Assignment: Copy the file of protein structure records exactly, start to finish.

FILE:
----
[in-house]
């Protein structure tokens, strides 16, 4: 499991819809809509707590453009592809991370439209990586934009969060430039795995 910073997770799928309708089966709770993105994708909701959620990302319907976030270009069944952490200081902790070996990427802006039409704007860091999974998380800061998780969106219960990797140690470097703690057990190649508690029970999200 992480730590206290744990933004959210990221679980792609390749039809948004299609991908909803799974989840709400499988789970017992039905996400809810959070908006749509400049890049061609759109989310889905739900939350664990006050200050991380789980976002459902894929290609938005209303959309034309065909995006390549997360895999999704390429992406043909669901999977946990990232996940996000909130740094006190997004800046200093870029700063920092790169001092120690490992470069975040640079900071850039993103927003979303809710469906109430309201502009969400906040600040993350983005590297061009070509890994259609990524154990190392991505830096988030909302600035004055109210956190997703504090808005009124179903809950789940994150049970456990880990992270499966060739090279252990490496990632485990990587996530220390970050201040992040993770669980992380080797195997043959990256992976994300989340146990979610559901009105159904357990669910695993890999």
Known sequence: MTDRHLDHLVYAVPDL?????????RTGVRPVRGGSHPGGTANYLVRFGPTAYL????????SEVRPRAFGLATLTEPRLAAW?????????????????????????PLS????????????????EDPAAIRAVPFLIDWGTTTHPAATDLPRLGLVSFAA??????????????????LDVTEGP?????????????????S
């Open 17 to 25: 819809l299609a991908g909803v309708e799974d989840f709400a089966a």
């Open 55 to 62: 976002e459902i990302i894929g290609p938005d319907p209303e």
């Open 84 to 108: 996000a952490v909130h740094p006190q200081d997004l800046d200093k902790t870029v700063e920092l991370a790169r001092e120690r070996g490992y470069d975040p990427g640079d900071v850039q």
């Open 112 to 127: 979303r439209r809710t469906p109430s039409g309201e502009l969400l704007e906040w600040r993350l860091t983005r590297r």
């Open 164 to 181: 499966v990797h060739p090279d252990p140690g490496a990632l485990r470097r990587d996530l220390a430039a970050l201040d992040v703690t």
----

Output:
[in-house]
């Protein structure tokens, strides 16, 4: 499991819809809509707590453009592809991370439209990586934009969060430039795995 910073997770799928309708089966709770993105994708909701959620990302319907976030270009069944952490200081902790070996990427802006039409704007860091999974998380800061998780969106219960990797140690470097703690057990190649508690029970999200 992480730590206290744990933004959210990221679980792609390749039809948004299609991908909803799974989840709400499988789970017992039905996400809810959070908006749509400049890049061609759109989310889905739900939350664990006050200050991380789980976002459902894929290609938005209303959309034309065909995006390549997360895999999704390429992406043909669901999977946990990232996940996000909130740094006190997004800046200093870029700063920092790169001092120690490992470069975040640079900071850039993103927003979303809710469906109430309201502009969400906040600040993350983005590297061009070509890994259609990524154990190392991505830096988030909302600035004055109210956190997703504090808005009124179903809950789940994150049970456990880990992270499966060739090279252990490496990632485990990587996530220390970050201040992040993770669980992380080797195997043959990256992976994300989340146990979610559901009105159904357990669910695993890999």
Known sequence: MTDRHLDHLVYAVPDL?????????RTGVRPVRGGSHPGGTANYLVRFGPTAYL????????SEVRPRAFGLATLTEPRLAAW?????????????????????????PLS????????????????EDPAAIRAVPFLIDWGTTTHPAATDLPRLGLVSFAA??????????????????LDVTEGP?????????????????S
């Open 17 to 25: 819809l299609a991908g909803v309708e799974d989840f709400a089966a």
């Open 55 to 62: 976002e459902i990302i894929g290609p938005d319907p209303e």
């Open 84 to 108: 996000a952490v909130h740094p006190q200081d997004l800046d200093k902790t870029v700063e920092l991370a790169r001092e120690r070996g490992y470069d975040p990427g640079d900071v850039q």
């Open 112 to 127: 979303r439209r809710t469906p109430s039409g309201e502009l969400l704007e906040w600040r993350l860091t983005r590297r």
């Open 164 to 181: 499966v990797h060739p090279d252990p140690g490496a990632l485990r470097r990587d996530l220390a430039a970050l201040d992040v703690t």